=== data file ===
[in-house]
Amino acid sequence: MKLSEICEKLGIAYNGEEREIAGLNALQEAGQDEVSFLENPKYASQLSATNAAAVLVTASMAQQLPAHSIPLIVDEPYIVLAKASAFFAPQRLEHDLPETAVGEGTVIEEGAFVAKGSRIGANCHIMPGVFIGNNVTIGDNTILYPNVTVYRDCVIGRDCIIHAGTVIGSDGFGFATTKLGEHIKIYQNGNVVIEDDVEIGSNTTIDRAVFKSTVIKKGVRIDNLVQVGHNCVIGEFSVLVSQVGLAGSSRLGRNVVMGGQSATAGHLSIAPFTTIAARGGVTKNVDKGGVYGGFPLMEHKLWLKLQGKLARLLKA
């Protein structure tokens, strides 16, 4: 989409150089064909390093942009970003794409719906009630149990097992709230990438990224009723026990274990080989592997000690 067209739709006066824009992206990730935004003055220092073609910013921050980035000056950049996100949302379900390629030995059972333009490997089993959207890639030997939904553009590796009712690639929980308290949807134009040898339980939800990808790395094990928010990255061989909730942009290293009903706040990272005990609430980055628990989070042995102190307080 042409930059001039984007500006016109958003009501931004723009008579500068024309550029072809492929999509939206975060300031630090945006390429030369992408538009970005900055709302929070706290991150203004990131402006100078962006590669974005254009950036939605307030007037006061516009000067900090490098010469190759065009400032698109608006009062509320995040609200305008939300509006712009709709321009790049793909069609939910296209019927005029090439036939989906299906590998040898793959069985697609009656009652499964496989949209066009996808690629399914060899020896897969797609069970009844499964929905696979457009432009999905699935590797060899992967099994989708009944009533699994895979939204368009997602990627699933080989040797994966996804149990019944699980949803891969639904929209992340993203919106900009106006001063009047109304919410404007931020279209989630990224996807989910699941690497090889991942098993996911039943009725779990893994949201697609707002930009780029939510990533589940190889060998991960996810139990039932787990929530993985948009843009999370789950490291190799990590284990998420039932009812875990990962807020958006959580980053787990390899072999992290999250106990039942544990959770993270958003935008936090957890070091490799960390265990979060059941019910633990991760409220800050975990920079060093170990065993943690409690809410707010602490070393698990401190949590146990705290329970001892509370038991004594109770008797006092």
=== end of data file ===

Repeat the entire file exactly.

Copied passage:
[in-house]
Amino acid sequence: MKLSEICEKLGIAYNGEEREIAGLNALQEAGQDEVSFLENPKYASQLSATNAAAVLVTASMAQQLPAHSIPLIVDEPYIVLAKASAFFAPQRLEHDLPETAVGEGTVIEEGAFVAKGSRIGANCHIMPGVFIGNNVTIGDNTILYPNVTVYRDCVIGRDCIIHAGTVIGSDGFGFATTKLGEHIKIYQNGNVVIEDDVEIGSNTTIDRAVFKSTVIKKGVRIDNLVQVGHNCVIGEFSVLVSQVGLAGSSRLGRNVVMGGQSATAGHLSIAPFTTIAARGGVTKNVDKGGVYGGFPLMEHKLWLKLQGKLARLLKA
């Protein structure tokens, strides 16, 4: 989409150089064909390093942009970003794409719906009630149990097992709230990438990224009723026990274990080989592997000690 067209739709006066824009992206990730935004003055220092073609910013921050980035000056950049996100949302379900390629030995059972333009490997089993959207890639030997939904553009590796009712690639929980308290949807134009040898339980939800990808790395094990928010990255061989909730942009290293009903706040990272005990609430980055628990989070042995102190307080 042409930059001039984007500006016109958003009501931004723009008579500068024309550029072809492929999509939206975060300031630090945006390429030369992408538009970005900055709302929070706290991150203004990131402006100078962006590669974005254009950036939605307030007037006061516009000067900090490098010469190759065009400032698109608006009062509320995040609200305008939300509006712009709709321009790049793909069609939910296209019927005029090439036939989906299906590998040898793959069985697609009656009652499964496989949209066009996808690629399914060899020896897969797609069970009844499964929905696979457009432009999905699935590797060899992967099994989708009944009533699994895979939204368009997602990627699933080989040797994966996804149990019944699980949803891969639904929209992340993203919106900009106006001063009047109304919410404007931020279209989630990224996807989910699941690497090889991942098993996911039943009725779990893994949201697609707002930009780029939510990533589940190889060998991960996810139990039932787990929530993985948009843009999370789950490291190799990590284990998420039932009812875990990962807020958006959580980053787990390899072999992290999250106990039942544990959770993270958003935008936090957890070091490799960390265990979060059941019910633990991760409220800050975990920079060093170990065993943690409690809410707010602490070393698990401190949590146990705290329970001892509370038991004594109770008797006092």